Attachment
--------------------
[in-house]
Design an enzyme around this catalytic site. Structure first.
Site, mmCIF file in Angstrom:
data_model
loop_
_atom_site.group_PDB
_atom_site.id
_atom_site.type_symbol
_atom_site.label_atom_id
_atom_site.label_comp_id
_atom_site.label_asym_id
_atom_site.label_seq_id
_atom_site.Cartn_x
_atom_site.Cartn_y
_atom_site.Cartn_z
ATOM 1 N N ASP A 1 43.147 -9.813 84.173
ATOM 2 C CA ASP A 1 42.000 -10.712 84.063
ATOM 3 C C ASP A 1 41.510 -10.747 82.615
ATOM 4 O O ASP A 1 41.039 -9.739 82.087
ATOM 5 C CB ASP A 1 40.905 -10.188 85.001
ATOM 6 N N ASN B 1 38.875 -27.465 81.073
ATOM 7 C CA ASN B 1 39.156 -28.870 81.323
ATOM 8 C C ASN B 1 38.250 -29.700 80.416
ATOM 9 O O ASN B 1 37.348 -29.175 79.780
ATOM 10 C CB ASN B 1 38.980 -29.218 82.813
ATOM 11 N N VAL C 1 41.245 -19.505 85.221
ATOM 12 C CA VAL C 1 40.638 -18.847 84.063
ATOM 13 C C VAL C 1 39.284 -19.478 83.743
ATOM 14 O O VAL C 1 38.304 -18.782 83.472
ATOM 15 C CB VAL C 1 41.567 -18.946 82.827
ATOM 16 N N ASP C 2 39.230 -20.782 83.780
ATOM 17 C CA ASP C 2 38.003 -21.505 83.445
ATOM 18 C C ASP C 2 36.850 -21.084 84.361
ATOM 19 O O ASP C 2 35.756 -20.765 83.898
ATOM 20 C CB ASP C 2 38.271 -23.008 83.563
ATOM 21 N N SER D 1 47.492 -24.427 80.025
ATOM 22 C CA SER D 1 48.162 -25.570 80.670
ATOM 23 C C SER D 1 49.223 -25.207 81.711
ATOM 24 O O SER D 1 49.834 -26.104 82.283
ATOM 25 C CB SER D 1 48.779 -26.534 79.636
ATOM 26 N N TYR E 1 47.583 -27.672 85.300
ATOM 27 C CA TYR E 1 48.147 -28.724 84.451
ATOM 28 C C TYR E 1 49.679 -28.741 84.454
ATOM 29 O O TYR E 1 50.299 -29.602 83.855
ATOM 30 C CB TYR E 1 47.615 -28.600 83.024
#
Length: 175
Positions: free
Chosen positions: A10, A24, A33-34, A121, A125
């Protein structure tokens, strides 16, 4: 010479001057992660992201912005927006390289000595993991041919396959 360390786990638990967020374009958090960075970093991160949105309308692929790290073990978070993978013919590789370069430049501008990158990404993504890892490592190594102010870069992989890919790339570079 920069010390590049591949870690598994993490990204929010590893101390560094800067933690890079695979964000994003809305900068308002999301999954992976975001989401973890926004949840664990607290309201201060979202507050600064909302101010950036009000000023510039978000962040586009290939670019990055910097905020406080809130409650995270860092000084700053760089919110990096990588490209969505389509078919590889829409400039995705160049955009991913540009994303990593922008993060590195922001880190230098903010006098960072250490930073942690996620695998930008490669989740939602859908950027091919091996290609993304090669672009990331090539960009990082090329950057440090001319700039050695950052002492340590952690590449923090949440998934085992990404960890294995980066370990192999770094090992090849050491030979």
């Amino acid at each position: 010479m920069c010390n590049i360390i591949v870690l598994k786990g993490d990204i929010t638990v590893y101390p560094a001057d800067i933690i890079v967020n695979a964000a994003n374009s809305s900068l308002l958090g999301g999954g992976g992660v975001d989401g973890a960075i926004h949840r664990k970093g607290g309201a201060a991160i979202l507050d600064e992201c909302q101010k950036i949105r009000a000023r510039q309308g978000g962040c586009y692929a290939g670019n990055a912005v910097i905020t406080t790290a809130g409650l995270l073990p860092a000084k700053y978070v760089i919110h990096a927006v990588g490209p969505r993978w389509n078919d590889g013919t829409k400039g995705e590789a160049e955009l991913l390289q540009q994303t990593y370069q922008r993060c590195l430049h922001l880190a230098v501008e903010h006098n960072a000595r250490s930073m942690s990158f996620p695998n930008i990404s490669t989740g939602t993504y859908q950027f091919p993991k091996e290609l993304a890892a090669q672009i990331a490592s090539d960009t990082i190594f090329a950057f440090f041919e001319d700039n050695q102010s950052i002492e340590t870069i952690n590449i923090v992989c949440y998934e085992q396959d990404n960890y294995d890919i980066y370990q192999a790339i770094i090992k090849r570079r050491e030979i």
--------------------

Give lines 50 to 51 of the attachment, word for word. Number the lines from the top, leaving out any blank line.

């Protein structure tokens, strides 16, 4: 010479001057992660992201912005927006390289000595993991041919396959 360390786990638990967020374009958090960075970093991160949105309308692929790290073990978070993978013919590789370069430049501008990158990404993504890892490592190594102010870069992989890919790339570079 920069010390590049591949870690598994993490990204929010590893101390560094800067933690890079695979964000994003809305900068308002999301999954992976975001989401973890926004949840664990607290309201201060979202507050600064909302101010950036009000000023510039978000962040586009290939670019990055910097905020406080809130409650995270860092000084700053760089919110990096990588490209969505389509078919590889829409400039995705160049955009991913540009994303990593922008993060590195922001880190230098903010006098960072250490930073942690996620695998930008490669989740939602859908950027091919091996290609993304090669672009990331090539960009990082090329950057440090001319700039050695950052002492340590952690590449923090949440998934085992990404960890294995980066370990192999770094090992090849050491030979």
């Amino acid at each position: 010479m920069c010390n590049i360390i591949v870690l598994k786990g993490d990204i929010t638990v590893y101390p560094a001057d800067i933690i890079v967020n695979a964000a994003n374009s809305s900068l308002l958090g999301g999954g992976g992660v975001d989401g973890a960075i926004h949840r664990k970093g607290g309201a201060a991160i979202l507050d600064e992201c909302q101010k950036i949105r009000a000023r510039q309308g978000g962040c586009y692929a290939g670019n990055a912005v910097i905020t406080t790290a809130g409650l995270l073990p860092a000084k700053y978070v760089i919110h990096a927006v990588g490209p969505r993978w389509n078919d590889g013919t829409k400039g995705e590789a160049e955009l991913l390289q540009q994303t990593y370069q922008r993060c590195l430049h922001l880190a230098v501008e903010h006098n960072a000595r250490s930073m942690s990158f996620p695998n930008i990404s490669t989740g939602t993504y859908q950027f091919p993991k091996e290609l993304a890892a090669q672009i990331a490592s090539d960009t990082i190594f090329a950057f440090f041919e001319d700039n050695q102010s950052i002492e340590t870069i952690n590449i923090v992989c949440y998934e085992q396959d990404n960890y294995d890919i980066y370990q192999a790339i770094i090992k090849r570079r050491e030979i």